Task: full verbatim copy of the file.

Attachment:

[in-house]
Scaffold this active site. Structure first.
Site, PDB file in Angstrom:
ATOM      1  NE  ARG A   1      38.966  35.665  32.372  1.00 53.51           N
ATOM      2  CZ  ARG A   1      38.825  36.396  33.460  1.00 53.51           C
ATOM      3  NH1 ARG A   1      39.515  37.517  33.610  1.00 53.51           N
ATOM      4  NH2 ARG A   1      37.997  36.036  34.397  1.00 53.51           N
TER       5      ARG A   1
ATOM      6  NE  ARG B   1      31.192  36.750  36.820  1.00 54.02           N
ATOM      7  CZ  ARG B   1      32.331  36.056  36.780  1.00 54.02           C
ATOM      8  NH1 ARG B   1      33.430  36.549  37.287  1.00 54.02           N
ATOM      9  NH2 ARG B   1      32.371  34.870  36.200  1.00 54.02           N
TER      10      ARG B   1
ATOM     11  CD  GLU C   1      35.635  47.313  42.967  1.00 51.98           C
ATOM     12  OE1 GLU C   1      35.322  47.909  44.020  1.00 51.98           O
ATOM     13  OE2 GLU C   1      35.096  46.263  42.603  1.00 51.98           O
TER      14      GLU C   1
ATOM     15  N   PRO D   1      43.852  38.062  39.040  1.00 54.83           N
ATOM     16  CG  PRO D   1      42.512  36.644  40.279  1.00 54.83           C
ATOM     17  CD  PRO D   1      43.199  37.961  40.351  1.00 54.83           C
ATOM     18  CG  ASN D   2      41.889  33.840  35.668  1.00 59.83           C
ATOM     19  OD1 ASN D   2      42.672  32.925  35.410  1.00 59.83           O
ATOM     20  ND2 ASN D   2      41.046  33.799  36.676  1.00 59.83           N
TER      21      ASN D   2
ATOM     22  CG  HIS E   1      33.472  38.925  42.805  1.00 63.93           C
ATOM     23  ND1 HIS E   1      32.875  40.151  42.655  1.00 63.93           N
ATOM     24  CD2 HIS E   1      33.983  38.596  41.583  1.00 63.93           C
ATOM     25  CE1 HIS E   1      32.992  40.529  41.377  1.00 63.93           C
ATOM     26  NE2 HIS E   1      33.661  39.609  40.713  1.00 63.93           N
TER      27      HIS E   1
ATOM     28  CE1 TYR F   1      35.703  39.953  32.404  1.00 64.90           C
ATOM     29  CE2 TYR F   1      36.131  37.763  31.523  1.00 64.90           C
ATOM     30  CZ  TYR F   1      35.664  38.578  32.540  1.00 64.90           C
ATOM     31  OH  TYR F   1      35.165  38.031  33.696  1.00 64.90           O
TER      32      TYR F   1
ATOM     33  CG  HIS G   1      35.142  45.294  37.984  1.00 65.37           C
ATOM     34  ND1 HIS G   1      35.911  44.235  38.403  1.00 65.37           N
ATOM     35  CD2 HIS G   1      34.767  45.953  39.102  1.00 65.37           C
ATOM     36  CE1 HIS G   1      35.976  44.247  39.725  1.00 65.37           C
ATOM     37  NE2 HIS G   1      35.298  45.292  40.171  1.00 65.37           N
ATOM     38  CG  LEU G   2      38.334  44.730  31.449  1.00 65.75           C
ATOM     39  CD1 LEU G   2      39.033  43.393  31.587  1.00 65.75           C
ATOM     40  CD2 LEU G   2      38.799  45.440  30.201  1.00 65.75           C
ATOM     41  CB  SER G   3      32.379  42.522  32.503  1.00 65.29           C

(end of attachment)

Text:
[in-house]
Scaffold this active site. Structure first.
Site, PDB file in Angstrom:
ATOM      1  NE  ARG A   1      38.966  35.665  32.372  1.00 53.51           N
ATOM      2  CZ  ARG A   1      38.825  36.396  33.460  1.00 53.51           C
ATOM      3  NH1 ARG A   1      39.515  37.517  33.610  1.00 53.51           N
ATOM      4  NH2 ARG A   1      37.997  36.036  34.397  1.00 53.51           N
TER       5      ARG A   1
ATOM      6  NE  ARG B   1      31.192  36.750  36.820  1.00 54.02           N
ATOM      7  CZ  ARG B   1      32.331  36.056  36.780  1.00 54.02           C
ATOM      8  NH1 ARG B   1      33.430  36.549  37.287  1.00 54.02           N
ATOM      9  NH2 ARG B   1      32.371  34.870  36.200  1.00 54.02           N
TER      10      ARG B   1
ATOM     11  CD  GLU C   1      35.635  47.313  42.967  1.00 51.98           C
ATOM     12  OE1 GLU C   1      35.322  47.909  44.020  1.00 51.98           O
ATOM     13  OE2 GLU C   1      35.096  46.263  42.603  1.00 51.98           O
TER      14      GLU C   1
ATOM     15  N   PRO D   1      43.852  38.062  39.040  1.00 54.83           N
ATOM     16  CG  PRO D   1      42.512  36.644  40.279  1.00 54.83           C
ATOM     17  CD  PRO D   1      43.199  37.961  40.351  1.00 54.83           C
ATOM     18  CG  ASN D   2      41.889  33.840  35.668  1.00 59.83           C
ATOM     19  OD1 ASN D   2      42.672  32.925  35.410  1.00 59.83           O
ATOM     20  ND2 ASN D   2      41.046  33.799  36.676  1.00 59.83           N
TER      21      ASN D   2
ATOM     22  CG  HIS E   1      33.472  38.925  42.805  1.00 63.93           C
ATOM     23  ND1 HIS E   1      32.875  40.151  42.655  1.00 63.93           N
ATOM     24  CD2 HIS E   1      33.983  38.596  41.583  1.00 63.93           C
ATOM     25  CE1 HIS E   1      32.992  40.529  41.377  1.00 63.93           C
ATOM     26  NE2 HIS E   1      33.661  39.609  40.713  1.00 63.93           N
TER      27      HIS E   1
ATOM     28  CE1 TYR F   1      35.703  39.953  32.404  1.00 64.90           C
ATOM     29  CE2 TYR F   1      36.131  37.763  31.523  1.00 64.90           C
ATOM     30  CZ  TYR F   1      35.664  38.578  32.540  1.00 64.90           C
ATOM     31  OH  TYR F   1      35.165  38.031  33.696  1.00 64.90           O
TER      32      TYR F   1
ATOM     33  CG  HIS G   1      35.142  45.294  37.984  1.00 65.37           C
ATOM     34  ND1 HIS G   1      35.911  44.235  38.403  1.00 65.37           N
ATOM     35  CD2 HIS G   1      34.767  45.953  39.102  1.00 65.37           C
ATOM     36  CE1 HIS G   1      35.976  44.247  39.725  1.00 65.37           C
ATOM     37  NE2 HIS G   1      35.298  45.292  40.171  1.00 65.37           N
ATOM     38  CG  LEU G   2      38.334  44.730  31.449  1.00 65.75           C
ATOM     39  CD1 LEU G   2      39.033  43.393  31.587  1.00 65.75           C
ATOM     40  CD2 LEU G   2      38.799  45.440  30.201  1.00 65.75           C
ATOM     41  CB  SER G   3      32.379  42.522  32.503  1.00 65.29           C